A little over a decade ago, Keanu Reeves cofounded Arch Motorcycle with Gard Hollinger, a highly regarded bike builder who had previously made a one-off cruiser for the actor. The subsequent partnership resulted in the KRGT-1, a production model inspired by the original custom machine that Reeves had commissioned.
Arch’s sophomore effort, the 1s, elaborates on its predecessor’s muscular theme with a futuristic take on the café-racer-inspired aesthetic. The team accomplished this with creative elements such as the CNC-machined seat base, which is influenced by a ship’s hull. The structural component doubles as a piece of functional sculpture, as does the single-sided billet-aluminum swingarm. The new model also features sport-oriented ergonomics, a shorter wheelbase, a more steeply raked fork and mid-mounted controls.
Though equipped with digital instrumentation, the two-wheeler is more traditional than its appearance suggests. The air-cooled 2,032 cc V-twin engine and a lack of traction control, for example, reflect Reeves’s adoration of all things analog and are an homage to bygone-era bikes. “There has always been a conscious decision to maintain a visceral riding experience,” says Hollinger when describing the new model’s ethos. But unlike old-school rides, the 1s has imposing proportions, a mammoth motor and a $128,000 price tag, which makes it an intimidating bit of kit to throw into corners.
Before you saddle up, Hollinger cautions that “over-riding it won’t pay off.” Instead, he suggests, “just think about what you want to do, and it will do it.” Swing a leg over the chortling brute and twist the throttle and the 1s responds with a daunting amount of coiled energy. As promised, the nearly 600-pound (wet weight) bike requires a somewhat zen-like mindset as well as a healthy respect for its dimensions when carving canyons. (Be sure the adjustable suspension isn’t dialed too tight for your weight; a little softness goes a long way toward making it friendlier in the turns.) Still, the carbon-fiber BST wheels make the lower half feel surprisingly nimble.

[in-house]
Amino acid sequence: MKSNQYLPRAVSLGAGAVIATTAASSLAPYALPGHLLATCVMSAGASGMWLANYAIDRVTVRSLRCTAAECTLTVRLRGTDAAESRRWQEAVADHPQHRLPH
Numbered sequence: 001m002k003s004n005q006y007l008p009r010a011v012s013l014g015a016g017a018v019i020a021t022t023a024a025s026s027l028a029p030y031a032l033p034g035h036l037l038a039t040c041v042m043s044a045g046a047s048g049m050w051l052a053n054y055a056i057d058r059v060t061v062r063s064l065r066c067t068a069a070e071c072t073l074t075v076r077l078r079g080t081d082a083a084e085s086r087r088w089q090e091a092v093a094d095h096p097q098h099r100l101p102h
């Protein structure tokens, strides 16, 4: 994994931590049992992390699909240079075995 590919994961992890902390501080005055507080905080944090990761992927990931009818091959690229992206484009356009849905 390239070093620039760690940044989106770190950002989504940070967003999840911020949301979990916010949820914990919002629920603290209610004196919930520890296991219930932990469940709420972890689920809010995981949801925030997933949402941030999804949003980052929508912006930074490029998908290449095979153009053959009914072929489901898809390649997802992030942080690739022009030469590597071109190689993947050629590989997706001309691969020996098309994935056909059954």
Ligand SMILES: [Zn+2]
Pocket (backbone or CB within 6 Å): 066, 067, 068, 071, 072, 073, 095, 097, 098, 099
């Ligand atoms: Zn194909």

As if the 1s didn’t already stand out in a crowd, customers can spec their builds according to personal preference. “The idea is that the motorcycle fits you like a suit, with no two Arch motorcycles looking the same,” says Reeves. “So you have the reliability of a production motorcycle and a unique touch personalizing it and knowing it’s yours.”
In his famously humble fashion, Reeves credits Hollinger’s “creativity, attention to detail and vision” in executing their latest bike, while Hollinger admits to an even bigger motivation brought up at the outset of the project: “[Reeves] said, ‘We’re going to die,’ and I understood how he meant this was an opportunity for us to do something we’re both passionate about, and how we could leave behind something meaningful in the world.”